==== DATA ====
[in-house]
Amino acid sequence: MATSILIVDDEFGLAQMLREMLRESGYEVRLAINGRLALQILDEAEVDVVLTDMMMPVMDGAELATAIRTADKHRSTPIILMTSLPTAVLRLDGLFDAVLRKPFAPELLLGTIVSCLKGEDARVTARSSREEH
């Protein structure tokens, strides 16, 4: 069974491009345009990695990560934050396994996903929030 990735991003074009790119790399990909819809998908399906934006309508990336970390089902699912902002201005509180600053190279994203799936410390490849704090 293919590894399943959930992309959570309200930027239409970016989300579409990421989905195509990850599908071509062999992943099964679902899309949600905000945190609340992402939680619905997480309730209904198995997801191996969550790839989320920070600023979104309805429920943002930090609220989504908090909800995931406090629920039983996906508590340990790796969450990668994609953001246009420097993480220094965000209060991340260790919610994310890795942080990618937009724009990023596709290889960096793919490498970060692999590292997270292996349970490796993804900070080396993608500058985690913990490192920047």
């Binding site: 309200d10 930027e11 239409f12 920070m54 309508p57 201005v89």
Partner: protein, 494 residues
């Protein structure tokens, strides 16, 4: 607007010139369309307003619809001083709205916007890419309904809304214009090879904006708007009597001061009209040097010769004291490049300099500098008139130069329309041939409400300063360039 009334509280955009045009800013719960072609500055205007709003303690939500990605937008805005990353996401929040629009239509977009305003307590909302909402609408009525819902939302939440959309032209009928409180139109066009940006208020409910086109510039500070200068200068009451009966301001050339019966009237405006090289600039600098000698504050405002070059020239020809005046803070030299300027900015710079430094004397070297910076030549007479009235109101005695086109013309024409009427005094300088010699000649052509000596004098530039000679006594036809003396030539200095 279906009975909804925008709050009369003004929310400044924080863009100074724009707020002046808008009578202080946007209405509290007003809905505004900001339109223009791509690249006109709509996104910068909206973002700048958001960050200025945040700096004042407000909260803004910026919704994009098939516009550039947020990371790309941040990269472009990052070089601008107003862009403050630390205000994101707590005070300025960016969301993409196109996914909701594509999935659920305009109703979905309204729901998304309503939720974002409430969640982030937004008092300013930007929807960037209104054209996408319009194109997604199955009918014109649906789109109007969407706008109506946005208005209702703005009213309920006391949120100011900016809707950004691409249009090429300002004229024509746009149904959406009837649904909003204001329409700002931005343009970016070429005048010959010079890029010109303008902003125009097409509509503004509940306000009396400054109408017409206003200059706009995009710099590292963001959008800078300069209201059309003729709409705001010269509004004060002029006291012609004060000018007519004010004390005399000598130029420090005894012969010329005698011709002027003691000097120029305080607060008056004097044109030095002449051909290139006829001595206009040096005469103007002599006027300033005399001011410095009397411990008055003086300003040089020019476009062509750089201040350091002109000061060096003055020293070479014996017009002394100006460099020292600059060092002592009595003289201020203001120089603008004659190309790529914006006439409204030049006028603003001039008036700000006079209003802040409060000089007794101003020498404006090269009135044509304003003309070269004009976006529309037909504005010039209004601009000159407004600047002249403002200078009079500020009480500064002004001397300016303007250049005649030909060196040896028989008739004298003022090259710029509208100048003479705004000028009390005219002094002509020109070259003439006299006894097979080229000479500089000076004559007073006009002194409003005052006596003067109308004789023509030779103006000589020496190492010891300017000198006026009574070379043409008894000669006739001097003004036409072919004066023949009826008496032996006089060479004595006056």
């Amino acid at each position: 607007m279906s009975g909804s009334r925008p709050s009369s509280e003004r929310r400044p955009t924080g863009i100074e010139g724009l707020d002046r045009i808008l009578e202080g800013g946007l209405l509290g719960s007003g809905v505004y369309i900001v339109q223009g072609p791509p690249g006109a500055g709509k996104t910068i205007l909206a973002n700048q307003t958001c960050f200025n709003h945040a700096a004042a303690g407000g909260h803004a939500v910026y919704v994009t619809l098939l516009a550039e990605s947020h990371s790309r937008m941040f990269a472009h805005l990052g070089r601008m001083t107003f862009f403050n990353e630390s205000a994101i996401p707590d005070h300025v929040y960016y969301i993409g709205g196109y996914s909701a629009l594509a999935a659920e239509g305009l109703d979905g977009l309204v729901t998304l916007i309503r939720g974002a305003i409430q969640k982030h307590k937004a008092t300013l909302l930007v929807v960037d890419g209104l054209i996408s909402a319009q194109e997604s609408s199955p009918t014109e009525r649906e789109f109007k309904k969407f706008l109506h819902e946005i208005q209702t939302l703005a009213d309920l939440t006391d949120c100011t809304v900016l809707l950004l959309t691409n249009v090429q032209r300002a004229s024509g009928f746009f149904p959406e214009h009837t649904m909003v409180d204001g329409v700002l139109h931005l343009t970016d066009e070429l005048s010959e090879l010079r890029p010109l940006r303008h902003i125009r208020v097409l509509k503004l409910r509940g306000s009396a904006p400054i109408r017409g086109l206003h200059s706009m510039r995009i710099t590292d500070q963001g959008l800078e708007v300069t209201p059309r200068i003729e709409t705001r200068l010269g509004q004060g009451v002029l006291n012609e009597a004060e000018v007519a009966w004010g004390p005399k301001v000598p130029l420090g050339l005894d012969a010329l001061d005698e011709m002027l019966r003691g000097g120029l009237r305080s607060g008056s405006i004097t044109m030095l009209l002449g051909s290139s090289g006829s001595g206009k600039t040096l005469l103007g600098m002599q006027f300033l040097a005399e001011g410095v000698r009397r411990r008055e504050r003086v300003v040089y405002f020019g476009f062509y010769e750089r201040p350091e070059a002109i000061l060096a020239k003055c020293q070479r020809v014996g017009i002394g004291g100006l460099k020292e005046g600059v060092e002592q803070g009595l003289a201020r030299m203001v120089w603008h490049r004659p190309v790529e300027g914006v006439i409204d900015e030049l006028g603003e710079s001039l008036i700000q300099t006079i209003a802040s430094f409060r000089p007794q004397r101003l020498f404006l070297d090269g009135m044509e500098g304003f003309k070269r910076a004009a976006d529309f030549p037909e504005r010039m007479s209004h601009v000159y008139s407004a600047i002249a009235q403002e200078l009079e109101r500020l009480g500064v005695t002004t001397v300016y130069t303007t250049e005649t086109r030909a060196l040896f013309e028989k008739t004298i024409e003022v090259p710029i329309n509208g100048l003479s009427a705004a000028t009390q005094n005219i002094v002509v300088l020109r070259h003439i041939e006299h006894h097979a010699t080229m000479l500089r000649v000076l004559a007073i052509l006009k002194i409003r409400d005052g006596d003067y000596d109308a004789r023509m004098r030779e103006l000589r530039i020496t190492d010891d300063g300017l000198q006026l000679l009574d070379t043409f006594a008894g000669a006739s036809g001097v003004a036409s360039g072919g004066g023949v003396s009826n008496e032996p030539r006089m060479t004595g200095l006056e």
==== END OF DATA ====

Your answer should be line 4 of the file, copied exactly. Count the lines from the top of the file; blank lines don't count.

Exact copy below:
């Binding site: 309200d10 930027e11 239409f12 920070m54 309508p57 201005v89």